Mayor’s office calls on federal government for aid in migrant influx amid looming housing crisis

There are currently 150 emergency sites across the five boroughs providing resources to migrants, and 44,000 asylum seekers under NYC care.

News 12 Staff

May 25, 2023, 12:32 AM

Updated 369 days ago


Asylum seekers continue to flock to New York City, and the mayor’s office says they cannot support the influx alone, calling on the federal government for aid.  
The city says it’s taking the necessary steps at this time to prevent a housing crisis. This comes as 44,000 asylum seekers are being cared for in New York City, according to city officials.  
There are currently 150 emergency sites across the five boroughs providing resources to migrants, and despite New Yorkers stepping up to do their part, the city says it’s hit a breaking point.  
“I compare it to the COVID epidemic,” said Rev. Erbin Cobian, president and founder of the Manna of Life Ministries. “It’s just turned over everything that we’ve done, and it’s almost like we’ve got to start from scratch.”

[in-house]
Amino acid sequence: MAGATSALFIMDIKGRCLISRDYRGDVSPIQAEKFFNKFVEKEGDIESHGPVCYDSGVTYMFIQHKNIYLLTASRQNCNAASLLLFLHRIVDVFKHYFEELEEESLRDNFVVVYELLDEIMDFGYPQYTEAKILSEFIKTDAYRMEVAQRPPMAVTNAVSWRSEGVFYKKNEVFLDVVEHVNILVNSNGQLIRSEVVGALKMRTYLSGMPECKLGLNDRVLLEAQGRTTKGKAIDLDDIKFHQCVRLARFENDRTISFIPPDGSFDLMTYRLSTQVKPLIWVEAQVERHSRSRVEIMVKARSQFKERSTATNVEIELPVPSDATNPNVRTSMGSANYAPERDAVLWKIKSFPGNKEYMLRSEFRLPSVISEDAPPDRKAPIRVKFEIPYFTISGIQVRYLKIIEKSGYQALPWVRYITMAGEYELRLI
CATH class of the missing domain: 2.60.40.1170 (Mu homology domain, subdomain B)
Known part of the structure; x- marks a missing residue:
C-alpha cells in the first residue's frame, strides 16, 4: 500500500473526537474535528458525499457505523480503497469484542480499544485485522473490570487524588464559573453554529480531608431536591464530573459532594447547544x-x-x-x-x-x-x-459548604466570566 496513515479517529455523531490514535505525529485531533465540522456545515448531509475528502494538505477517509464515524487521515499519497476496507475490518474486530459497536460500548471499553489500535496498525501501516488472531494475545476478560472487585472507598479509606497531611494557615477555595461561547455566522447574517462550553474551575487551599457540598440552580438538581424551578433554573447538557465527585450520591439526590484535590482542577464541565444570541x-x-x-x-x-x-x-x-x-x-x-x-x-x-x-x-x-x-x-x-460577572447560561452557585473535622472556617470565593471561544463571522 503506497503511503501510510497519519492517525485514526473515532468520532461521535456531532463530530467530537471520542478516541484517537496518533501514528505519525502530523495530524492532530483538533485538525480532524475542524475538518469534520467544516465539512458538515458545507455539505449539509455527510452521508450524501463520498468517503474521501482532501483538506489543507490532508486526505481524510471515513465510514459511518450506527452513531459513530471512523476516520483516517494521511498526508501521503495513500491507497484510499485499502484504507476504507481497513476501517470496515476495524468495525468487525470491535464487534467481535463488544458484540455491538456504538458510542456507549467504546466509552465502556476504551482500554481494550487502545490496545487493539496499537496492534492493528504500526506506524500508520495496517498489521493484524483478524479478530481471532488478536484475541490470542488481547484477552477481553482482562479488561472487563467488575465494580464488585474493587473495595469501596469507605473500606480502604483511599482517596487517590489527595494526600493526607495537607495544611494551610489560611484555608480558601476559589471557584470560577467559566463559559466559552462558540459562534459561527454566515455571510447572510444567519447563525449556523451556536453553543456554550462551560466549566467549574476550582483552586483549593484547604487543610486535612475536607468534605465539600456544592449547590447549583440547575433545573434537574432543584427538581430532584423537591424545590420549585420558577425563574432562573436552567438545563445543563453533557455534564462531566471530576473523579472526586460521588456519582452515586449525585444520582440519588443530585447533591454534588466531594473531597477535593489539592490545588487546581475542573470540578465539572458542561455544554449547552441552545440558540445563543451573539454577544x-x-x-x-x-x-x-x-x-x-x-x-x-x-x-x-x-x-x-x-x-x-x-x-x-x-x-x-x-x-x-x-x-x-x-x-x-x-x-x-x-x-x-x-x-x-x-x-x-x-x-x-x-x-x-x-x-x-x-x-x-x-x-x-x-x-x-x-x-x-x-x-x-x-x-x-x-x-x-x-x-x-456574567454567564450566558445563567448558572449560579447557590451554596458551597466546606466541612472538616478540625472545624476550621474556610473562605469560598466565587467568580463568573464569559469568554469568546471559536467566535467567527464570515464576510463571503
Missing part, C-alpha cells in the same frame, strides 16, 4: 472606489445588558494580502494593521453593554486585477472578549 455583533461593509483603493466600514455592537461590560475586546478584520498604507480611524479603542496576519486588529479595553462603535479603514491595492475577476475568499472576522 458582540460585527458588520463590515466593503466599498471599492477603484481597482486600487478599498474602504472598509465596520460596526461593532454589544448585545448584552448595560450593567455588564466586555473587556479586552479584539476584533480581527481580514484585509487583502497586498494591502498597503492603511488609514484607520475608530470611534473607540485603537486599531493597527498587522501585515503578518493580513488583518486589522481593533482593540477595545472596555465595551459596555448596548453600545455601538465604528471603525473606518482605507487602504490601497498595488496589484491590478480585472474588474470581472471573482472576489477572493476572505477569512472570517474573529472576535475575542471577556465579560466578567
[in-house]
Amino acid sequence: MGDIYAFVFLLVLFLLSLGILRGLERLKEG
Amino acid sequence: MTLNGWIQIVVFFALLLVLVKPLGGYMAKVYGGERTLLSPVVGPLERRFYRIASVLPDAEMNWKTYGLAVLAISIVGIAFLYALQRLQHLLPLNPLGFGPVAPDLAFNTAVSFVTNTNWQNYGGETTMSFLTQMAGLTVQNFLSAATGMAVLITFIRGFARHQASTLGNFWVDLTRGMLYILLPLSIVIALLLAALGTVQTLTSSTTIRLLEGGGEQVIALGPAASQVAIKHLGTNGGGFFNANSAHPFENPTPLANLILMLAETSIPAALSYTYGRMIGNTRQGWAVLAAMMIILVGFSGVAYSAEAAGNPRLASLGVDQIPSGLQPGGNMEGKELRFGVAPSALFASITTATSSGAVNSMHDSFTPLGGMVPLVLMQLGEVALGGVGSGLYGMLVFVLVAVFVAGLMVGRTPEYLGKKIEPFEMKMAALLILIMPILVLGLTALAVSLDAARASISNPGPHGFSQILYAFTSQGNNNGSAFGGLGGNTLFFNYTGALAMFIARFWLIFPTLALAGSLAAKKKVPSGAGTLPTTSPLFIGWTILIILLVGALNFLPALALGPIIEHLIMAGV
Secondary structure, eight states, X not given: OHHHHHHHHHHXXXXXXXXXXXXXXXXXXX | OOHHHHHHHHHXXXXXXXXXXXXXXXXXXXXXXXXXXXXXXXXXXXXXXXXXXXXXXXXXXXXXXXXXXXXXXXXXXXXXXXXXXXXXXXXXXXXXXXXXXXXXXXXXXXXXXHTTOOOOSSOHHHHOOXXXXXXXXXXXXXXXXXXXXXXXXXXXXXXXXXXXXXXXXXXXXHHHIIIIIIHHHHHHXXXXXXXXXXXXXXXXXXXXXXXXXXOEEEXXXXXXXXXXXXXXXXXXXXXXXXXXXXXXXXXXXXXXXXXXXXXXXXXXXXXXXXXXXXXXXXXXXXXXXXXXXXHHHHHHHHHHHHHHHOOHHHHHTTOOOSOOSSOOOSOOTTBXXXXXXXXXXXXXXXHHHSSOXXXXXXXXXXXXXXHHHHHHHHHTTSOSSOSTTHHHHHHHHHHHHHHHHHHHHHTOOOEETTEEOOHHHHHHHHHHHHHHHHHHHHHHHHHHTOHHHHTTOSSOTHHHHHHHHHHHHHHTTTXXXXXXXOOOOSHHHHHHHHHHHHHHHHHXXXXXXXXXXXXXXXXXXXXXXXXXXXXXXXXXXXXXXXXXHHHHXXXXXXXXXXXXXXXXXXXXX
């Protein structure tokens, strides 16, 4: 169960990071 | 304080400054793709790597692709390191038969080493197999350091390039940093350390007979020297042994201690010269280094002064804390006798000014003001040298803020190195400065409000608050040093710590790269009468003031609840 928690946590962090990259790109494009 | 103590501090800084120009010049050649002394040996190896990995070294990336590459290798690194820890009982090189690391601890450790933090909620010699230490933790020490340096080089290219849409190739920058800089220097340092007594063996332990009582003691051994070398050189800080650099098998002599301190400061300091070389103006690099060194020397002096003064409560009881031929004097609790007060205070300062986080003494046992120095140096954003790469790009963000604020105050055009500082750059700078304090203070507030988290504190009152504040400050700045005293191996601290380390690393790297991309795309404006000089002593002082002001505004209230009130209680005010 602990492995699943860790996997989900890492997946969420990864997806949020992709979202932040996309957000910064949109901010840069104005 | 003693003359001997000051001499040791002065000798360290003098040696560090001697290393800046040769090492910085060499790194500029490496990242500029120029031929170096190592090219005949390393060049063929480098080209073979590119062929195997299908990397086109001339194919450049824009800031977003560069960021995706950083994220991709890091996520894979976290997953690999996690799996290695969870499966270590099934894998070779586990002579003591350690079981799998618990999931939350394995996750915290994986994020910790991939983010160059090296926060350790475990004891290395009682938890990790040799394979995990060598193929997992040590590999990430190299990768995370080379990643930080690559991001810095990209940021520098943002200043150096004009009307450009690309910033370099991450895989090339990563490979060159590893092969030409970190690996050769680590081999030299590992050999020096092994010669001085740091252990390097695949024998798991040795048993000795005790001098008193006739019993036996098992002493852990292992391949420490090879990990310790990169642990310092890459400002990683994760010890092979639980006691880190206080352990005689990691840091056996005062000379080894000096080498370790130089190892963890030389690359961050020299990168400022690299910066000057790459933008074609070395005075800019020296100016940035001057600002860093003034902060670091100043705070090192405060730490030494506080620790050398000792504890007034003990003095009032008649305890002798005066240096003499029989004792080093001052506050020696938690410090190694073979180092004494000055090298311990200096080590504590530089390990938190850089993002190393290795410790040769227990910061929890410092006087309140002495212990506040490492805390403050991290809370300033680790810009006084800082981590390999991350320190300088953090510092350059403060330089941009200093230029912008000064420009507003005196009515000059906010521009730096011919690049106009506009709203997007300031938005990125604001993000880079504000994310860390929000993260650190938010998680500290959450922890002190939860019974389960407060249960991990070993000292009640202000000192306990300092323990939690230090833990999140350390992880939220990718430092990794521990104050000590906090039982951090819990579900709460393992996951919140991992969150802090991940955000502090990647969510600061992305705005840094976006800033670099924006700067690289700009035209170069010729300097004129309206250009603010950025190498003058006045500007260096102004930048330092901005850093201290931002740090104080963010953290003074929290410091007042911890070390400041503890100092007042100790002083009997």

New York City has invested over $1 billion so far to care for asylum seekers, but says they are unable to prepare for a seemingly unlimited number of people. Mayor Eric Adams asked a judge to modify the city’s right to shelter law on Tuesday, and City Hall Chief Counsel Brendan McGuire says the city is just trying their hardest to do the right thing.  
“It is looking for areas of flexibility where the mayor, as the executive branch, is not hamstrung necessarily by a 40-plus-year-old judicial order,” said McGuire.  
The Legal Aid Society and Coalition for the Homeless issued a statement in response, saying in part:  
“The Administration's request to suspend the long-established State constitutional right that protects our clients from the elements is not who we are as a city…”, adding that they will oppose any measure the mayor may puts forward that “threatens those protections”.  
Adams’ team says they aren’t looking to eliminate the right to shelter in the city, but that they are looking to preventative measures before the housing system buckles. 

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